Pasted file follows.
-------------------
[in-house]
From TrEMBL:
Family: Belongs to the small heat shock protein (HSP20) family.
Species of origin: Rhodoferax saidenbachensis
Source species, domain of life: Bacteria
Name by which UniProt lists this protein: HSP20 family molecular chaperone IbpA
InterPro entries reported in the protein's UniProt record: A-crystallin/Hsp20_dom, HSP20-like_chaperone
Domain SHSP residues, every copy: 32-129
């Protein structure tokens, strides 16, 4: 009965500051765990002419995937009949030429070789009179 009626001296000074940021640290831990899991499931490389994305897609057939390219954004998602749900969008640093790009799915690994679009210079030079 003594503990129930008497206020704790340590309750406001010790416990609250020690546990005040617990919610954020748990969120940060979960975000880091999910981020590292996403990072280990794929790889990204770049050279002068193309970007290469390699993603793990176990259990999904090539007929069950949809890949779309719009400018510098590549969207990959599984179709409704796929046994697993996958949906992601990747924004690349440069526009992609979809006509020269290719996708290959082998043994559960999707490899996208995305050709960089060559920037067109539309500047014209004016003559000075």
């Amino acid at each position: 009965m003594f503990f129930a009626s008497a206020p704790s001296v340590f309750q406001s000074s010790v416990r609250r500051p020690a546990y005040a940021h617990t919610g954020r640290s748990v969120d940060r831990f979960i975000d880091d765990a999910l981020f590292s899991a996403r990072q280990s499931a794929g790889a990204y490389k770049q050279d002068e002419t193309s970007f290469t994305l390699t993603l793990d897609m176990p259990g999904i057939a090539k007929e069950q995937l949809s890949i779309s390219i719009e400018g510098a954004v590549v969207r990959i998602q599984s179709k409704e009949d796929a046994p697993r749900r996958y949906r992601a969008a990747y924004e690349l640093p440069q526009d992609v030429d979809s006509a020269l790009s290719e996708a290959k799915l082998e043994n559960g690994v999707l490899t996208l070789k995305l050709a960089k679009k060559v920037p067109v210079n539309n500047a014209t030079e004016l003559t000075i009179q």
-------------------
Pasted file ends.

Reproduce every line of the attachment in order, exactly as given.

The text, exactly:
[in-house]
From TrEMBL:
Family: Belongs to the small heat shock protein (HSP20) family.
Species of origin: Rhodoferax saidenbachensis
Source species, domain of life: Bacteria
Name by which UniProt lists this protein: HSP20 family molecular chaperone IbpA
InterPro entries reported in the protein's UniProt record: A-crystallin/Hsp20_dom, HSP20-like_chaperone
Domain SHSP residues, every copy: 32-129
């Protein structure tokens, strides 16, 4: 009965500051765990002419995937009949030429070789009179 009626001296000074940021640290831990899991499931490389994305897609057939390219954004998602749900969008640093790009799915690994679009210079030079 003594503990129930008497206020704790340590309750406001010790416990609250020690546990005040617990919610954020748990969120940060979960975000880091999910981020590292996403990072280990794929790889990204770049050279002068193309970007290469390699993603793990176990259990999904090539007929069950949809890949779309719009400018510098590549969207990959599984179709409704796929046994697993996958949906992601990747924004690349440069526009992609979809006509020269290719996708290959082998043994559960999707490899996208995305050709960089060559920037067109539309500047014209004016003559000075």
């Amino acid at each position: 009965m003594f503990f129930a009626s008497a206020p704790s001296v340590f309750q406001s000074s010790v416990r609250r500051p020690a546990y005040a940021h617990t919610g954020r640290s748990v969120d940060r831990f979960i975000d880091d765990a999910l981020f590292s899991a996403r990072q280990s499931a794929g790889a990204y490389k770049q050279d002068e002419t193309s970007f290469t994305l390699t993603l793990d897609m176990p259990g999904i057939a090539k007929e069950q995937l949809s890949i779309s390219i719009e400018g510098a954004v590549v969207r990959i998602q599984s179709k409704e009949d796929a046994p697993r749900r996958y949906r992601a969008a990747y924004e690349l640093p440069q526009d992609v030429d979809s006509a020269l790009s290719e996708a290959k799915l082998e043994n559960g690994v999707l490899t996208l070789k995305l050709a960089k679009k060559v920037p067109v210079n539309n500047a014209t030079e004016l003559t000075i009179q």